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Friday, February 10, 2012

How's Your Focus?

by Barbara Early

Earlier this year, Deb wrote on the trend of one-wording, choosing a word that capsulizes your goals or struggles of that year. Her word was "trust." I thought about it for a bit, and chose the word “focus.” 

Admittedly, I have issues with focus. I have diverse interests, and it’s not uncommon for me to flit from one area of interest to another, without making meaningful progress on any. Whatever one may choose to do--writing a book, sewing curtains, constructing shelving units, starting a new diet and exercise program--goals cannot be mastered without a degree of focus, staying with one task until its completion, not jumping from task to task like a bee collecting pollen.

Let me introduce myself. Buzz. Buzz.
Lilias Trotter (1853-1928)

I’ve been having a terrible time, of late, sticking with tasks. Not that I lack discipline. (At least I don’t think I do.) And not that I lack the ability to complete them. (At least I hope I don’t.) I just need to Focus. Narrow down my energy to what is important--and then finish--before going on to the next interesting endeavor. Sounds simple enough.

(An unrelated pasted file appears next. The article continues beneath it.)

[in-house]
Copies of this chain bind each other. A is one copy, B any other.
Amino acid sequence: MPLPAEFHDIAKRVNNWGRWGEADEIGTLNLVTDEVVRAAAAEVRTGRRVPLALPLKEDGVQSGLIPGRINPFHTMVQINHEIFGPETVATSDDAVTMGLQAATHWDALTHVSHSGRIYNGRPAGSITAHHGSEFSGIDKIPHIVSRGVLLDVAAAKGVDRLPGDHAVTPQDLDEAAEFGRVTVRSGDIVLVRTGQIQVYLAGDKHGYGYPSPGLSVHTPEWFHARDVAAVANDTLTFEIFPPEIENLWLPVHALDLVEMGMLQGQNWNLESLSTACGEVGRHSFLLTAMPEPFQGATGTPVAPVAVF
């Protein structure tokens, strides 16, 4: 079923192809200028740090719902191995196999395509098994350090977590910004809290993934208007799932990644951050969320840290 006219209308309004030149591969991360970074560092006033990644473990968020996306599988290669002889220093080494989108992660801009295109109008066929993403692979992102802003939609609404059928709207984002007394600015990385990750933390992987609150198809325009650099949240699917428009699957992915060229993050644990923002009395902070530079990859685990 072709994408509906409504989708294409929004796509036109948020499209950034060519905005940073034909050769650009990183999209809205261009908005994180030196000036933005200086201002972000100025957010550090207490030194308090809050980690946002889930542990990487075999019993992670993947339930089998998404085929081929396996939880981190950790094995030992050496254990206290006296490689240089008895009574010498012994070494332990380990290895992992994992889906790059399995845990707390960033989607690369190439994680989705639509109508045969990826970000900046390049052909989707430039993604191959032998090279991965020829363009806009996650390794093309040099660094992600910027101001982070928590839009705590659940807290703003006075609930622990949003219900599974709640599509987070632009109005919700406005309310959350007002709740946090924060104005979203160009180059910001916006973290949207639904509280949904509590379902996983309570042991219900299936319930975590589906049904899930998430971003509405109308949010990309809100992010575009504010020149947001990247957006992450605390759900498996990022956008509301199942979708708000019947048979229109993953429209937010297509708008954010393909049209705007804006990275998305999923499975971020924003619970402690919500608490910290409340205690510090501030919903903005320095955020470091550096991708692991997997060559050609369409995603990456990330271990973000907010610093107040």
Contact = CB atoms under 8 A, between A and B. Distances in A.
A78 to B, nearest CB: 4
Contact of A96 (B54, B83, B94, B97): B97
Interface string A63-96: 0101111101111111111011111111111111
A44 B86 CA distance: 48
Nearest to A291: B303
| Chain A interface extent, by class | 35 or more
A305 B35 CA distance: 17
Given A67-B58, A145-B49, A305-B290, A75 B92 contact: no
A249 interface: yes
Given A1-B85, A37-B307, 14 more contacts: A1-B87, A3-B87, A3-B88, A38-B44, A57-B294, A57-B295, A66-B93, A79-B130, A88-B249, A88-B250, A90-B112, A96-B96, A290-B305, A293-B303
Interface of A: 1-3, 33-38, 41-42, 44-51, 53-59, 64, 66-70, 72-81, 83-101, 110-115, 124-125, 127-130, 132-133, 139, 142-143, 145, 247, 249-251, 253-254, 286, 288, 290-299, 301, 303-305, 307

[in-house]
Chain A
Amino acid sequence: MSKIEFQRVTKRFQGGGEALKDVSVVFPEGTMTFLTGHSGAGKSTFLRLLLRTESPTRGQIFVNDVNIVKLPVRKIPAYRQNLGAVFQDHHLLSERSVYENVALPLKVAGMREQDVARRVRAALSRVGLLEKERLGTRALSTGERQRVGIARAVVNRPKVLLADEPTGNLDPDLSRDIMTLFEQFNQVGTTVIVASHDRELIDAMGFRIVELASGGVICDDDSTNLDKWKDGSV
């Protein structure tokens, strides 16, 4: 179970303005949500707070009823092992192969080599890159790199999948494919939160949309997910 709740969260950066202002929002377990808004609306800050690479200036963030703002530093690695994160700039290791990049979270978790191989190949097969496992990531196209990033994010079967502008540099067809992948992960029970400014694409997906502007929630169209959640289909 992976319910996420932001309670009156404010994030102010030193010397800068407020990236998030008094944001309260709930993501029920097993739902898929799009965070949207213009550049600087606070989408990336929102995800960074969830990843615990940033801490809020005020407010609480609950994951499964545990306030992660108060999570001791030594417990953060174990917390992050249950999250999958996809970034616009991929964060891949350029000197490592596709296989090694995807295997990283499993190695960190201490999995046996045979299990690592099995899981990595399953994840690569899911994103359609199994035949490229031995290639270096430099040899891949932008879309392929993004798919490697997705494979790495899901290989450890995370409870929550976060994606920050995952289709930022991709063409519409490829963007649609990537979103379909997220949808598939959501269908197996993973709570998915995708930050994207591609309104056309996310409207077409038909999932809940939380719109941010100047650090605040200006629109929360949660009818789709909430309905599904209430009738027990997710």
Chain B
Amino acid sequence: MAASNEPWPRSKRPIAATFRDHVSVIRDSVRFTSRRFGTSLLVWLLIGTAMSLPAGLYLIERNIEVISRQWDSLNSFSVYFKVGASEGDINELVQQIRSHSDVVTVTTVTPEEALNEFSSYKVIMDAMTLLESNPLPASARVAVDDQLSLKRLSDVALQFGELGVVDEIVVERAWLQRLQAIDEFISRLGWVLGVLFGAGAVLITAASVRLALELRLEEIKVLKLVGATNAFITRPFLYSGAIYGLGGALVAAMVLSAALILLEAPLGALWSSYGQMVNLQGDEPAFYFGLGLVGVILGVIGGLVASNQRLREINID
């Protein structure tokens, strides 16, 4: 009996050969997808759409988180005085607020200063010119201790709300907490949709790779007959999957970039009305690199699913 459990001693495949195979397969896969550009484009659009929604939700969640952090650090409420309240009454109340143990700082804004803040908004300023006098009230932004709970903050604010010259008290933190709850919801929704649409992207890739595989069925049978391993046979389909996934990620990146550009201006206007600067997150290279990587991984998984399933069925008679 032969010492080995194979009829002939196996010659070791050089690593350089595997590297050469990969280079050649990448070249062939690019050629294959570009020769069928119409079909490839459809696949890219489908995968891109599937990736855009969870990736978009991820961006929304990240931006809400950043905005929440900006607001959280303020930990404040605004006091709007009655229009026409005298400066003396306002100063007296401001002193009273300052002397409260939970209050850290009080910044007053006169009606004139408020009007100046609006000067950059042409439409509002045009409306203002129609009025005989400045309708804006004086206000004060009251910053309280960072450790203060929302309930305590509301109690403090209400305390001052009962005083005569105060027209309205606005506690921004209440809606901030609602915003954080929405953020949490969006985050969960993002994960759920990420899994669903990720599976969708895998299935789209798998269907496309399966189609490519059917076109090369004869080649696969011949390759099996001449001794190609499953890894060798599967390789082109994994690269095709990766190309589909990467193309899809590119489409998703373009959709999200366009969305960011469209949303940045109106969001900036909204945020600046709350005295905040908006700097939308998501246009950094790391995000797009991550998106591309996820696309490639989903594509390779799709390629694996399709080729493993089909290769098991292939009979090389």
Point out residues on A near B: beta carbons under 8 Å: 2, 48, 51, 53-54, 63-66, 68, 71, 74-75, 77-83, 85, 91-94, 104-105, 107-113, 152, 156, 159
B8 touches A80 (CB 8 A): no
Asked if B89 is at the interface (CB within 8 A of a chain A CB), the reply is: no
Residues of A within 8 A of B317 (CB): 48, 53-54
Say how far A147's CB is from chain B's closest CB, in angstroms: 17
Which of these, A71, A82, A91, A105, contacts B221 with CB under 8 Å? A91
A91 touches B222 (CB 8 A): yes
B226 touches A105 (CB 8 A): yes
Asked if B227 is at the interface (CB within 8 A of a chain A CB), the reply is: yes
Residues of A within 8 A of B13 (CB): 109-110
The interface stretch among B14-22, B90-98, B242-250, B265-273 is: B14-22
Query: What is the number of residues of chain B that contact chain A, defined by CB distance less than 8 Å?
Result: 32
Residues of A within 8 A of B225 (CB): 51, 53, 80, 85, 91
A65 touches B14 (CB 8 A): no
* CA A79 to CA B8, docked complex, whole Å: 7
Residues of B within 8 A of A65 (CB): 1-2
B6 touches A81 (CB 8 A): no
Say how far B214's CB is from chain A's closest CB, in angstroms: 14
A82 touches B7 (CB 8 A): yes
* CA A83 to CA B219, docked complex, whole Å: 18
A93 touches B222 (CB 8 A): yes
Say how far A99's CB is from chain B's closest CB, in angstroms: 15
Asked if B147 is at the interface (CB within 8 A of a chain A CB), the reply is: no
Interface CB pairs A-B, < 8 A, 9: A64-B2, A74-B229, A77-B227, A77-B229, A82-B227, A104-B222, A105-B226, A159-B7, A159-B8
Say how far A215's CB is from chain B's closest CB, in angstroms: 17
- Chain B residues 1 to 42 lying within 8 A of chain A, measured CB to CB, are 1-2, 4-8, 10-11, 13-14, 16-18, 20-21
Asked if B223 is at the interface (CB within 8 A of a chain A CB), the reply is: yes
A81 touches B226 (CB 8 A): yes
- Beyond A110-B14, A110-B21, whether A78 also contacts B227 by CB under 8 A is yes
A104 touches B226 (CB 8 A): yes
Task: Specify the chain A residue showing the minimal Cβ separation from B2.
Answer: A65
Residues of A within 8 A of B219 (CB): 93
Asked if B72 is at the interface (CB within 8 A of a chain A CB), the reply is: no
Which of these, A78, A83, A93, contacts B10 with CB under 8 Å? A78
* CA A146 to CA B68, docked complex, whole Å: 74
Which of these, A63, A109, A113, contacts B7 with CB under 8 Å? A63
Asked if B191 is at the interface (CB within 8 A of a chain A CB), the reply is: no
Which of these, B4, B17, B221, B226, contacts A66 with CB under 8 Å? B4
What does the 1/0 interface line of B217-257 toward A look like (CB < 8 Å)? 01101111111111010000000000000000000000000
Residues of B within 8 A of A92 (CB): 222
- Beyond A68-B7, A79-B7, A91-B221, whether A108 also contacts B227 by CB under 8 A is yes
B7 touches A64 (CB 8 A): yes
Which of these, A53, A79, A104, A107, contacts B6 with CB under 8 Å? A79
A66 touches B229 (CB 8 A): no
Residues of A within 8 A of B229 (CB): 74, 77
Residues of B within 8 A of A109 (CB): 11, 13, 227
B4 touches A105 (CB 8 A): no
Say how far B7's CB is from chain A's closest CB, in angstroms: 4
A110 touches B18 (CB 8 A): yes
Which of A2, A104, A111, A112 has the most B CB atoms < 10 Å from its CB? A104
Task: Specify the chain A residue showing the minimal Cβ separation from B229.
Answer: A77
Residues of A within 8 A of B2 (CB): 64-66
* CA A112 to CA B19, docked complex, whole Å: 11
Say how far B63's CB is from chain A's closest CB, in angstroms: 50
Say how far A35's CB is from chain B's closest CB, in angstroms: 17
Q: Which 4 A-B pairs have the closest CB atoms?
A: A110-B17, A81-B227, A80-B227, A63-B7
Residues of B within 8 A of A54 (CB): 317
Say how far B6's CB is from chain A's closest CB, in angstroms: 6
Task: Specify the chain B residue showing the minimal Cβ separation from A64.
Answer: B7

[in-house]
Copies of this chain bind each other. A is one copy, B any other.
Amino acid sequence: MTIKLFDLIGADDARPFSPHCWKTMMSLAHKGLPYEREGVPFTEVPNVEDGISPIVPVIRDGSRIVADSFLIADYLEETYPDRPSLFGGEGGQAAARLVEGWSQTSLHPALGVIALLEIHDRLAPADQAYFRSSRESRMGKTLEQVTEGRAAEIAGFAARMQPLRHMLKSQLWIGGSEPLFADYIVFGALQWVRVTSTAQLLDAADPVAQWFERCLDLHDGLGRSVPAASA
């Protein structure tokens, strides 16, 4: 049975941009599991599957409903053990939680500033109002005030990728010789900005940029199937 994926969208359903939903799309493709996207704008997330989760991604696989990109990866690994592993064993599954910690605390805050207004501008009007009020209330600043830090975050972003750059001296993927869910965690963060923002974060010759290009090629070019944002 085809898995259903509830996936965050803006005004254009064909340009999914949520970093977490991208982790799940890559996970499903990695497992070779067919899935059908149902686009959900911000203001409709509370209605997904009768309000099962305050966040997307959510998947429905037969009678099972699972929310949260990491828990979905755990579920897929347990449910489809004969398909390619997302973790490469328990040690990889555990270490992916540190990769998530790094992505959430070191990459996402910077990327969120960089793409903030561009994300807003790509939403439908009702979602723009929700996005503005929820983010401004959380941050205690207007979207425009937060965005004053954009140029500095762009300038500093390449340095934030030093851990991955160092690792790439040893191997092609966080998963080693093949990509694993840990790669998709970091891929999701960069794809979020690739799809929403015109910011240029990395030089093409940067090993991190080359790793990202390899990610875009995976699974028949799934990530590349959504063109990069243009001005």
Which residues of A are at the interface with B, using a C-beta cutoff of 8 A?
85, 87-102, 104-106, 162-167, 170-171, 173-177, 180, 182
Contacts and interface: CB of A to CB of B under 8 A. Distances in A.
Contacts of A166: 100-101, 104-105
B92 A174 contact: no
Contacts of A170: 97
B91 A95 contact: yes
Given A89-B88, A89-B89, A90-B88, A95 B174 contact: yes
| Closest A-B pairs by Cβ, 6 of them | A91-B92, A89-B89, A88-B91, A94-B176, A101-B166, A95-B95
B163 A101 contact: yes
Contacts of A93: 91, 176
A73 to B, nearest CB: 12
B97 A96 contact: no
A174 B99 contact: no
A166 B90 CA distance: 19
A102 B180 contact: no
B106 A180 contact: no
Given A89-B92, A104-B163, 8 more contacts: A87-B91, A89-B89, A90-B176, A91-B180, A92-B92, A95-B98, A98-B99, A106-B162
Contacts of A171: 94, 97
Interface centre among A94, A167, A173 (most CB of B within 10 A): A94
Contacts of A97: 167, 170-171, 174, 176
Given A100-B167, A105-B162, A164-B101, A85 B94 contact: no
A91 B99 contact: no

Only God took my simple, attainable one-word, and turned it into so much more.

This past Sunday, a dear brother stood up in church to sing a solo. Before he began, he gave a brief testimony on what the song meant to him. It had a profound impact on me, so I asked him if I might share it.